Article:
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Effort to repeal
pro-gay law fails in Washington State

Effort to repeal
pro-gay law fails in Washington State


Washington State's recently passed nondiscrimination law protecting gays and lesbians is safe, for now. Antigay activist Tim Eyman, who showed up at a press conference dressed as Darth Vader, failed to gather enough signatures to qualify a measure for the November ballot that would have repealed it.

An effort to repeal Washington State's recently passed nondiscrimination law protecting gays and lesbians in employment and housing has failed, allowing the law to take effect on Wednesday. Antigay activist Tim Eyman on Tuesday failed to turn in enough signatures to qualify Referendum 65 for the November ballot, the Seattle Times reports.

State law required the campaign to turn in 112,440 signatures of registered voters, but Eyman said his group had managed to collect only 105,103 signatures. Ballot measure supporters generally need to collect 25% to 30% more signatures than required to make sure they have sufficient valid ones.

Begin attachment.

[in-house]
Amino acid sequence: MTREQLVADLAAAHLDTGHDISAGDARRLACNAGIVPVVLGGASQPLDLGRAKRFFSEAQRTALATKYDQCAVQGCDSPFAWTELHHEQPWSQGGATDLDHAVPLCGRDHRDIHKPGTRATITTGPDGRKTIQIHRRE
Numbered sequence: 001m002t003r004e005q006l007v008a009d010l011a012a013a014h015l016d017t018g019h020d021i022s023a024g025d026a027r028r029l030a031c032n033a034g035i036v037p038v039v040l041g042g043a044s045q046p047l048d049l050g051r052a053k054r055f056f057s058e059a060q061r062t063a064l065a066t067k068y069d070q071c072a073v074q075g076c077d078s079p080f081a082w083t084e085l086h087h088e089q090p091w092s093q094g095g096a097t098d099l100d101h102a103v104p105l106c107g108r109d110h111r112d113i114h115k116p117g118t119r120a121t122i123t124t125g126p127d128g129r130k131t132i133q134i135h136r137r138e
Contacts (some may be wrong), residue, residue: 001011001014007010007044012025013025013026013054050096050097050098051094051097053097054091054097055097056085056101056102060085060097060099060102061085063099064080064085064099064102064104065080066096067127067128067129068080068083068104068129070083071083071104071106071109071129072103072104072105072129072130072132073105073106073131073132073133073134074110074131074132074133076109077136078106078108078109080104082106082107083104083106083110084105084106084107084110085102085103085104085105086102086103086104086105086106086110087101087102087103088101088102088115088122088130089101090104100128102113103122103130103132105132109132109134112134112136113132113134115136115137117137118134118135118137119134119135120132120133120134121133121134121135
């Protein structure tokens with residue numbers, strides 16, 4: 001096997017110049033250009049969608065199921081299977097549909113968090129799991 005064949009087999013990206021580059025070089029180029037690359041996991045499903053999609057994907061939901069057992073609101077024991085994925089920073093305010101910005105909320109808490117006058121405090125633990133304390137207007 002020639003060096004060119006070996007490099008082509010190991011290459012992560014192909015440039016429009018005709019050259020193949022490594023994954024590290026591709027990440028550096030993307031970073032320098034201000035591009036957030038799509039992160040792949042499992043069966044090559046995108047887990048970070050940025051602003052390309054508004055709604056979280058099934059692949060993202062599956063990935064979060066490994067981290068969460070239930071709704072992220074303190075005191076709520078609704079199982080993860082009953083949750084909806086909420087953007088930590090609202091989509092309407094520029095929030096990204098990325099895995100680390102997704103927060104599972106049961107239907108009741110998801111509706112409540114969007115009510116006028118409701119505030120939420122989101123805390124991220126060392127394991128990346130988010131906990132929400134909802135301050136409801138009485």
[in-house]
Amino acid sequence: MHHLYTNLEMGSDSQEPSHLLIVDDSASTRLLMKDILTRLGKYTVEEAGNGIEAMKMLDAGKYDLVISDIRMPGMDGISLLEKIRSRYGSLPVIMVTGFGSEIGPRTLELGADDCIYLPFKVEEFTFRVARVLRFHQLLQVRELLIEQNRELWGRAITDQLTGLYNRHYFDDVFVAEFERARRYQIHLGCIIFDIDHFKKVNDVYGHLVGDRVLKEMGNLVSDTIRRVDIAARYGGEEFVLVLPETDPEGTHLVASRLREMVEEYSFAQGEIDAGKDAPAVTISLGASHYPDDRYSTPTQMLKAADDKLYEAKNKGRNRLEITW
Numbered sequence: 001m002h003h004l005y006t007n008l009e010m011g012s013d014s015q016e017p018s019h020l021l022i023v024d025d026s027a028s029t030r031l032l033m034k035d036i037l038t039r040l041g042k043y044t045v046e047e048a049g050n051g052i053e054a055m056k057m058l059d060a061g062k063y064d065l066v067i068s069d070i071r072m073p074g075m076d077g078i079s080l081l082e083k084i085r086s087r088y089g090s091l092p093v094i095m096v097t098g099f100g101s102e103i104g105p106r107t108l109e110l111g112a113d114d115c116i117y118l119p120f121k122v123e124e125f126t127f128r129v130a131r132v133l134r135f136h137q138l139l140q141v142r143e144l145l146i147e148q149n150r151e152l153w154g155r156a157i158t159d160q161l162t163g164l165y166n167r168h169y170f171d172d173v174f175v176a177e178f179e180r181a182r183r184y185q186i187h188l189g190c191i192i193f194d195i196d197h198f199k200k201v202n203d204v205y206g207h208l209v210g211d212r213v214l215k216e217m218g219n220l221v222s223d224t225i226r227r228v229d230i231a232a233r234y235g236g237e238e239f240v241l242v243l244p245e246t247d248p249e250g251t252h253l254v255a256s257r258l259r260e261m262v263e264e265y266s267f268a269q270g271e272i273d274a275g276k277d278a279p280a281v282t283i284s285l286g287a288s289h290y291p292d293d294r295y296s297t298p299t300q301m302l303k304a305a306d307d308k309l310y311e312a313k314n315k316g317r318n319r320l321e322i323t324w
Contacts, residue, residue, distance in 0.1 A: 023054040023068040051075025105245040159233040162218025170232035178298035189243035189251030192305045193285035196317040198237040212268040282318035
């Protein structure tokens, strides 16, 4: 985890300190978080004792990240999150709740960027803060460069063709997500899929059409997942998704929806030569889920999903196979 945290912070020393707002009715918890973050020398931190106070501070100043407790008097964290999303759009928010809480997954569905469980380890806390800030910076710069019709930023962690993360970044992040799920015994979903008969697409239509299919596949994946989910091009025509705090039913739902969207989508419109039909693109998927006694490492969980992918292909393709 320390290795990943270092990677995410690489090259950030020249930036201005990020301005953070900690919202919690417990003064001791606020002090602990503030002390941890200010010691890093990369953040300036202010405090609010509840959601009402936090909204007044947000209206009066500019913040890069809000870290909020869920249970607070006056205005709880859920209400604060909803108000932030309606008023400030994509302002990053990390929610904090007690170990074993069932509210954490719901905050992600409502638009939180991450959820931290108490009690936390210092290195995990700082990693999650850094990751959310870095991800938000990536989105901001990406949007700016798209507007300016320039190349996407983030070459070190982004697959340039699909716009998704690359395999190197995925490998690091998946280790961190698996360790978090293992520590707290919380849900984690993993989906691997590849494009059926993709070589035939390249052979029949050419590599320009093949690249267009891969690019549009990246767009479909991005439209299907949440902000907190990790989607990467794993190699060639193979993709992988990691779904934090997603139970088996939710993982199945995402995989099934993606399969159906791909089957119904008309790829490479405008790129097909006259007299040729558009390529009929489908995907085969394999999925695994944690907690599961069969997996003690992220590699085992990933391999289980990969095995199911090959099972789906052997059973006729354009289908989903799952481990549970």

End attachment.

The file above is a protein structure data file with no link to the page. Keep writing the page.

On the steps of the secretary of state's office on Tuesday, Eyman expressed optimism about his efforts. "Getting that many signatures is an enormously positive accomplishment," he said, pouring cups of sparkling cider to celebrate. "Obviously we fell short, but we said we'd push to the end."

However, Gary Randall, president of the Faith and Freedom Network, a Christian group that helped collect signatures, wasn't ready to party, accusing Eyman of mishandling the campaign, according to the Times. Eyman showed up at a news conference on Monday dressed as Darth Vader to promote his ballot measures.

Randall said the fight isn't over. His group plans to attack the issue again without Eyman, possibly with an initiative to the legislature. That would require nearly 225,000 signatures to be turned in 10 days before the start of the next legislative session in January. "We feel pretty deeply about this," Randall told the Times.

If an initiative to the legislature gets enough signatures, lawmakers can take one of three actions: adopt it as written; place it on the next general election ballot; or pass an amended version and let voters choose between it and the original initiative.

"The people of Washington have spoken decisively in their support for the state's antidiscrimination law," said Barbara Green, executive director of the gay rights group Equal Rights Washington. "We thank the fair-minded residents of the Evergreen State for defending the civil rights of their gay, lesbian, bisexual, and transgender neighbors. We are not surprised that Tim Eyman failed to collect enough signatures to qualify the referendum for the ballot. Washington residents believe in fairness for all, and they have demonstrated that by their refusal to sign on to this mean-spirited effort." (The Advocate)

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